Let us introduce you to the librarian from Alta E. Butler Elementary School. With a little more than one year of experience, Kristina Santiago embraces her student-given nickname and cultivates enhanced learning opportunities through reading. Kristina Santiago says she never had a clear plan for poOct 05, 2016
Let us introduce you to the librarian from Alta E. Butler Elementary School. With a little more than one year of experience, Kristina Santiago embraces her student-given nickname and cultivates enhanced learning opportunities through reading.
Kristina Santiago says she never had a clear plan for post-grad life. Before accepting her current position with the Isaac Elementary School District, she tried her hand in the classroom at another Arizona school. After one year, she realized it wasn’t quite the perfect fit.
“I knew there was something about working with kids that I enjoyed, but I knew I hadn’t found my niche. I’ve always loved reading and books. The library is my happy place,” Santiago admits.
Santiago, originally from Buffalo, New York, explains her first year as a librarian was a whirlwind. As she explains, “It’s me, 800 kids, and thousands of books. I was buried.” Since her inaugural year, she’s developed new systems, protocols, and procedures.
Between book bucks, call numbers, book reviews, and a new after-school program, Santiago hopes she’s helping kids see the library can be a place for fun and learning — deafening silence not required.
“I’d heard from the staff that most kids didn’t like coming to the library. It was a stereotypical place where no one could talk. I wanted this space to give students a chance to truly be kids,” she says.
Her job goes beyond checking books in and out. And, it’s certainly more than hounding students with overdue books. Santiago yearns to foster a positive learning environment.
“I lead with, ‘I love reading. Reading is awesome.’ Even if a book might seem too challenging for a student, I don’t discourage their interest,” she explains.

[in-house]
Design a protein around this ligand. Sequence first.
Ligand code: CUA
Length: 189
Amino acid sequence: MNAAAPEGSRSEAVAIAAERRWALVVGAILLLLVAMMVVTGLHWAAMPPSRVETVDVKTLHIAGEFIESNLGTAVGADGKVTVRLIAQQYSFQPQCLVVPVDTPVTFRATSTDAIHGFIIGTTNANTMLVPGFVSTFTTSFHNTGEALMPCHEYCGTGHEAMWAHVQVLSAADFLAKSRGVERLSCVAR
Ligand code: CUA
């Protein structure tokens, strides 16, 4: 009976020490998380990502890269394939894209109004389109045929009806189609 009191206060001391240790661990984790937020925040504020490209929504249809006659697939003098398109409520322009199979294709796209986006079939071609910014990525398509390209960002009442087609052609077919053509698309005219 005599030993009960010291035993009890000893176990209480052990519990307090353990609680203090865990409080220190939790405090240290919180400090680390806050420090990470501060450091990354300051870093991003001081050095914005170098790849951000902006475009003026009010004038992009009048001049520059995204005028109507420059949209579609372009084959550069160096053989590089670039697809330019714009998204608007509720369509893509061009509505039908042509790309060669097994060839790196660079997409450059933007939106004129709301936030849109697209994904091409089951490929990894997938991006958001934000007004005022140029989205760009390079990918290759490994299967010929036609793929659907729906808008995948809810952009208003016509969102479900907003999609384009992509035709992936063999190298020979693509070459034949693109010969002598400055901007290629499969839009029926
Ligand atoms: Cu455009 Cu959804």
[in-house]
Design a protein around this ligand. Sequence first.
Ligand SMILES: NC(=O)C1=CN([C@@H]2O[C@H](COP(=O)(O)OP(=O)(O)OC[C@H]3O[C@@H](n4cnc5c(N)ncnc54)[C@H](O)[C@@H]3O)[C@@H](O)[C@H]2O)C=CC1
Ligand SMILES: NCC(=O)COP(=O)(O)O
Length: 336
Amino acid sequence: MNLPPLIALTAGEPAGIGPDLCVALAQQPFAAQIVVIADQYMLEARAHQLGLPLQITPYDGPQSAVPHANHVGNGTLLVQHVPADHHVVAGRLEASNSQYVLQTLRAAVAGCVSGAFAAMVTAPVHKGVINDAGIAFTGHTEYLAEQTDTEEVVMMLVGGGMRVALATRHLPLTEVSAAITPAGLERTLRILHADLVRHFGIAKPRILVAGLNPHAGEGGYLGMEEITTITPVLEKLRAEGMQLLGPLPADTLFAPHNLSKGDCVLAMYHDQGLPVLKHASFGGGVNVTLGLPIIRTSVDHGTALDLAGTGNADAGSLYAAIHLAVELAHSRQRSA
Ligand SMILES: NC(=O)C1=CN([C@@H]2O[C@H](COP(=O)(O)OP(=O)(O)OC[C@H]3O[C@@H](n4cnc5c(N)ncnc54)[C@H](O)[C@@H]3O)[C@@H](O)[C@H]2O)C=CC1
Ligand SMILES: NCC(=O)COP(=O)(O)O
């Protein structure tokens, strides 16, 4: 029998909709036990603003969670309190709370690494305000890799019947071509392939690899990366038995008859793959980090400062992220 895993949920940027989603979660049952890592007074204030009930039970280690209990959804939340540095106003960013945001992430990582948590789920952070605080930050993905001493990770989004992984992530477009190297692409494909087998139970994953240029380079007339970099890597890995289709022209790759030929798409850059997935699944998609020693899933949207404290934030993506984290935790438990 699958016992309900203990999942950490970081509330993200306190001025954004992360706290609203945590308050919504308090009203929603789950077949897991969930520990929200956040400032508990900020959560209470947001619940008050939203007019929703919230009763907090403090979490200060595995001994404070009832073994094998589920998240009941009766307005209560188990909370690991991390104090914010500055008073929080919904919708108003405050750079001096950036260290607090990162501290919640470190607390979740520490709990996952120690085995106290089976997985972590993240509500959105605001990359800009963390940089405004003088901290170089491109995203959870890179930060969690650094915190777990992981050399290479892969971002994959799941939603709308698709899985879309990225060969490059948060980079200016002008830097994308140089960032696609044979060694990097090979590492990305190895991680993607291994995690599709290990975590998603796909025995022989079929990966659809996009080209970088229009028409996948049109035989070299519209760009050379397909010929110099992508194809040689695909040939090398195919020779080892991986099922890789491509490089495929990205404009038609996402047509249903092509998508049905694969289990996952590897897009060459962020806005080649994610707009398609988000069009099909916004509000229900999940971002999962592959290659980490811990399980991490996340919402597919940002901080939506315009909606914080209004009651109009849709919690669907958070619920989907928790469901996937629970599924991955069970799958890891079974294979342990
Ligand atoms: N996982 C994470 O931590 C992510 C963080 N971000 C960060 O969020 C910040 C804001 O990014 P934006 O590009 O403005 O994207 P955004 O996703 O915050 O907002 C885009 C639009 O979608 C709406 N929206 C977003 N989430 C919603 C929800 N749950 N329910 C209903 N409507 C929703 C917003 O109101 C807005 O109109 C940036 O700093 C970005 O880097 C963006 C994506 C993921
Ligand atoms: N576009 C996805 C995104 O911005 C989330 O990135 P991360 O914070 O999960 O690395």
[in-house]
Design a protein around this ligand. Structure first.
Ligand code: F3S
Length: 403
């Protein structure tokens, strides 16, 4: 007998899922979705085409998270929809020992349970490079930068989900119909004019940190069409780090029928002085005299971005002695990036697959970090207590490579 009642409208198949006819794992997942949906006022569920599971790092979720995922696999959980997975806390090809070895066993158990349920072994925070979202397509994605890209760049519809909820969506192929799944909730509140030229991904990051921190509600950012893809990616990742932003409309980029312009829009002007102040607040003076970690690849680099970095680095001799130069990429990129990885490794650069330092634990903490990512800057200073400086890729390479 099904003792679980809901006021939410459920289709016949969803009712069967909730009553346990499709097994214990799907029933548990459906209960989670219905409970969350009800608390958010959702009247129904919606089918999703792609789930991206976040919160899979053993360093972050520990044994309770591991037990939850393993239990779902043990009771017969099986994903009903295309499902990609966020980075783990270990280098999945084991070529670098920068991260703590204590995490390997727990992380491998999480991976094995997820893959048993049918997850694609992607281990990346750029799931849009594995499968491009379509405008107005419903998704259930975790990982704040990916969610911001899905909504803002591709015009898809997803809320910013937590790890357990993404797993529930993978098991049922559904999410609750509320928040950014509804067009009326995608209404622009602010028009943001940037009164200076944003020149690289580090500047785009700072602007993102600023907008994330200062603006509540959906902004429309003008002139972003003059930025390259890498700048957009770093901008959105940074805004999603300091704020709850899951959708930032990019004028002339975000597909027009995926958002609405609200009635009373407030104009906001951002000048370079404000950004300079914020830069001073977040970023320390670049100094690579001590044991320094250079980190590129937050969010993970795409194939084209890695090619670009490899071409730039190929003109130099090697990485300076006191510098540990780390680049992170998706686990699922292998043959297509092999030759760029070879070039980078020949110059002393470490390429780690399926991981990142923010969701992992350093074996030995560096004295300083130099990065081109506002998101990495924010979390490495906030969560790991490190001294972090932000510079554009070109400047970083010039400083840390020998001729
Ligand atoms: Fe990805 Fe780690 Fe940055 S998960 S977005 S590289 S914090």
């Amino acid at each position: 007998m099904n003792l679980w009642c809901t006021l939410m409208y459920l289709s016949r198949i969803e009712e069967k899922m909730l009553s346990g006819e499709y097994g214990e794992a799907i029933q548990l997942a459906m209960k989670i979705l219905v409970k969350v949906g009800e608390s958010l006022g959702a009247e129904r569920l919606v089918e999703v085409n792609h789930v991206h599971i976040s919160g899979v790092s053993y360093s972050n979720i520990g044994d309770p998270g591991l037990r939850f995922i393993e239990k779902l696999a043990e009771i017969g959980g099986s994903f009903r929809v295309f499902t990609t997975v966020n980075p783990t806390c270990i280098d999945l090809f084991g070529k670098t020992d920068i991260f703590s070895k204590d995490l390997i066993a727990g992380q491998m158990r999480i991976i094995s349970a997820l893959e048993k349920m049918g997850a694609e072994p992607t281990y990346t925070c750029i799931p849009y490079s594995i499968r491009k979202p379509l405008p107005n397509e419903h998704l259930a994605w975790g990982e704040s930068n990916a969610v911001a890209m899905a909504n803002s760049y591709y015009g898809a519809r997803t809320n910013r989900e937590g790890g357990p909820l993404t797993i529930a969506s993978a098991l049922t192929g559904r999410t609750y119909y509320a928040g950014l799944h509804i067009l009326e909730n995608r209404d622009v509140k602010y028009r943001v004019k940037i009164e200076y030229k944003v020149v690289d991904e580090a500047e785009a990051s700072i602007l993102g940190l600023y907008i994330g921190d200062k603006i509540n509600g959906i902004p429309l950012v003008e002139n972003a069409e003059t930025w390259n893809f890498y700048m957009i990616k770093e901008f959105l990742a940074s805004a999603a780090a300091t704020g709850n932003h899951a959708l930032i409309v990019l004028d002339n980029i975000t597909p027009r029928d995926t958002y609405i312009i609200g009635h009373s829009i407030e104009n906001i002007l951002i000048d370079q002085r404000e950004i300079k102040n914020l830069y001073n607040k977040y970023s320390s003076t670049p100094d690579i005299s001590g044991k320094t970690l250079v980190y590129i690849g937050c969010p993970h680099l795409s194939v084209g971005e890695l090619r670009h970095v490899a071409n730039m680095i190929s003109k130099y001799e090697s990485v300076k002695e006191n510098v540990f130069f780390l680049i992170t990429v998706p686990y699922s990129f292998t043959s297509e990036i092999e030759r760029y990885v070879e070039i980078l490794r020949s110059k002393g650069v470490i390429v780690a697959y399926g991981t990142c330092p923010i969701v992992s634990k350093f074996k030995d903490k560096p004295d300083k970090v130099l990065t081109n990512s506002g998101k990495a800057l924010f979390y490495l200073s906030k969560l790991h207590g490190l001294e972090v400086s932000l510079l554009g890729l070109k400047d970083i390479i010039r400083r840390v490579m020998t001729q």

Sometimes, she redirects students by asking them why they want to read it. “I don’t take Harry Potter away from a second grader, but I’ll suggest that they read a few pages before checking it out to see if they understand it. Or, I probe and ask if they have someone at home that can read with them,” she explains.
Currently, Santiago is finding ways for students to develop new areas of leadership.
“This year, I started teaching a library leadership academy class through the 21st Century Community Learning Centers. It’s after school, three days a week for about seven weeks. My focus is teaching students library skills and leadership traits,” she says.
Additionally, Santiago has created a new opportunity for her students in grades three through five. It started after she noticed the kids were asking to read the same books over and over, she says.
“That’s fine, but there are so many other great options. So I found a way for them to learn more, while also earning the chance to check out additional books. Now, students get book bucks for completing book reviews,” she says.
Next year, she hopes to make book reviews an even bigger opportunity where students can read one another’s summaries. Whether she posts them on the ends of shelves or makes them into a binder is not yet determined, but she’ll continue to keep student engagement at the forefront.
Santiago isn’t afraid to admit there’s plenty of room for growth, but it’s obvious she’s made progress in many areas. For one, she clearly connects with her students.
“I can’t walk through the hallways without hearing, ‘Hi Ms. Library or Ms. Santiago,’” she says.
After all, she’s come to love the sweet nickname given to her by her youngest students.